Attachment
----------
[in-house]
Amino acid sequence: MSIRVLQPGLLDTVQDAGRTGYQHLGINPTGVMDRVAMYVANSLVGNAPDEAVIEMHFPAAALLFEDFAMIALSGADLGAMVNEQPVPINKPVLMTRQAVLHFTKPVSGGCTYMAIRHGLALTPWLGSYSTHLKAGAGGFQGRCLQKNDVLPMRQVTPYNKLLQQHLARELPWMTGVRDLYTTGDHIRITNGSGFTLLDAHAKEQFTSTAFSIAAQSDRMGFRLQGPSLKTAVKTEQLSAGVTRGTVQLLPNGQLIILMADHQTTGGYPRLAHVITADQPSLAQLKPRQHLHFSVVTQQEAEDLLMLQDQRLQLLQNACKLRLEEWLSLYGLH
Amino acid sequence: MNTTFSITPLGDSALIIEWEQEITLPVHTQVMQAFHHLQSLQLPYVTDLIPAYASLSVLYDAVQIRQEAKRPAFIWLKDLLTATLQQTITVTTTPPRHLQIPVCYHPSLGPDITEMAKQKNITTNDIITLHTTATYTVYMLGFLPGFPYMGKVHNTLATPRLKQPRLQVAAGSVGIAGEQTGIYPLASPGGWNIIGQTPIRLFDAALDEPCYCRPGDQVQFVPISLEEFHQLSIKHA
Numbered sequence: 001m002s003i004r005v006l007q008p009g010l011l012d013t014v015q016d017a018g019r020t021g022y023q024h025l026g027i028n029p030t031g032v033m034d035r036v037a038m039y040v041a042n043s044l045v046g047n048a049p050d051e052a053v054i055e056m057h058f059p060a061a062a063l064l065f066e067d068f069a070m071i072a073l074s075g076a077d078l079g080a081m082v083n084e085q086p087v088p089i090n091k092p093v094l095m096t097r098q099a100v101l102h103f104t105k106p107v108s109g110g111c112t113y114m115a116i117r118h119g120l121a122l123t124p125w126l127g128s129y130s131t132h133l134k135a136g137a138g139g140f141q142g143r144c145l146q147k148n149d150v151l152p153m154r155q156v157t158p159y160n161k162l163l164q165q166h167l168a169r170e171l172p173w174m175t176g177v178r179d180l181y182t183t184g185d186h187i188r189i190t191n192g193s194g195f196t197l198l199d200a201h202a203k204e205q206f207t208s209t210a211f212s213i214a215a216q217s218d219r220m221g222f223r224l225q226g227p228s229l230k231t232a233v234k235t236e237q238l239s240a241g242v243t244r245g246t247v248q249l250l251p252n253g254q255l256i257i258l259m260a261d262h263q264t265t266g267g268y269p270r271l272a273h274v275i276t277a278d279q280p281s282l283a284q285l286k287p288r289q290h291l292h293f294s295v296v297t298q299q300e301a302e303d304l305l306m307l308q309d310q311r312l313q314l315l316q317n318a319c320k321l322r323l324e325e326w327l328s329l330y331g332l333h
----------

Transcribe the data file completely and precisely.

[in-house]
Amino acid sequence: MSIRVLQPGLLDTVQDAGRTGYQHLGINPTGVMDRVAMYVANSLVGNAPDEAVIEMHFPAAALLFEDFAMIALSGADLGAMVNEQPVPINKPVLMTRQAVLHFTKPVSGGCTYMAIRHGLALTPWLGSYSTHLKAGAGGFQGRCLQKNDVLPMRQVTPYNKLLQQHLARELPWMTGVRDLYTTGDHIRITNGSGFTLLDAHAKEQFTSTAFSIAAQSDRMGFRLQGPSLKTAVKTEQLSAGVTRGTVQLLPNGQLIILMADHQTTGGYPRLAHVITADQPSLAQLKPRQHLHFSVVTQQEAEDLLMLQDQRLQLLQNACKLRLEEWLSLYGLH
Amino acid sequence: MNTTFSITPLGDSALIIEWEQEITLPVHTQVMQAFHHLQSLQLPYVTDLIPAYASLSVLYDAVQIRQEAKRPAFIWLKDLLTATLQQTITVTTTPPRHLQIPVCYHPSLGPDITEMAKQKNITTNDIITLHTTATYTVYMLGFLPGFPYMGKVHNTLATPRLKQPRLQVAAGSVGIAGEQTGIYPLASPGGWNIIGQTPIRLFDAALDEPCYCRPGDQVQFVPISLEEFHQLSIKHA
Numbered sequence: 001m002s003i004r005v006l007q008p009g010l011l012d013t014v015q016d017a018g019r020t021g022y023q024h025l026g027i028n029p030t031g032v033m034d035r036v037a038m039y040v041a042n043s044l045v046g047n048a049p050d051e052a053v054i055e056m057h058f059p060a061a062a063l064l065f066e067d068f069a070m071i072a073l074s075g076a077d078l079g080a081m082v083n084e085q086p087v088p089i090n091k092p093v094l095m096t097r098q099a100v101l102h103f104t105k106p107v108s109g110g111c112t113y114m115a116i117r118h119g120l121a122l123t124p125w126l127g128s129y130s131t132h133l134k135a136g137a138g139g140f141q142g143r144c145l146q147k148n149d150v151l152p153m154r155q156v157t158p159y160n161k162l163l164q165q166h167l168a169r170e171l172p173w174m175t176g177v178r179d180l181y182t183t184g185d186h187i188r189i190t191n192g193s194g195f196t197l198l199d200a201h202a203k204e205q206f207t208s209t210a211f212s213i214a215a216q217s218d219r220m221g222f223r224l225q226g227p228s229l230k231t232a233v234k235t236e237q238l239s240a241g242v243t244r245g246t247v248q249l250l251p252n253g254q255l256i257i258l259m260a261d262h263q264t265t266g267g268y269p270r271l272a273h274v275i276t277a278d279q280p281s282l283a284q285l286k287p288r289q290h291l292h293f294s295v296v297t298q299q300e301a302e303d304l305l306m307l308q309d310q311r312l313q314l315l316q317n318a319c320k321l322r323l324e325e326w327l328s329l330y331g332l333h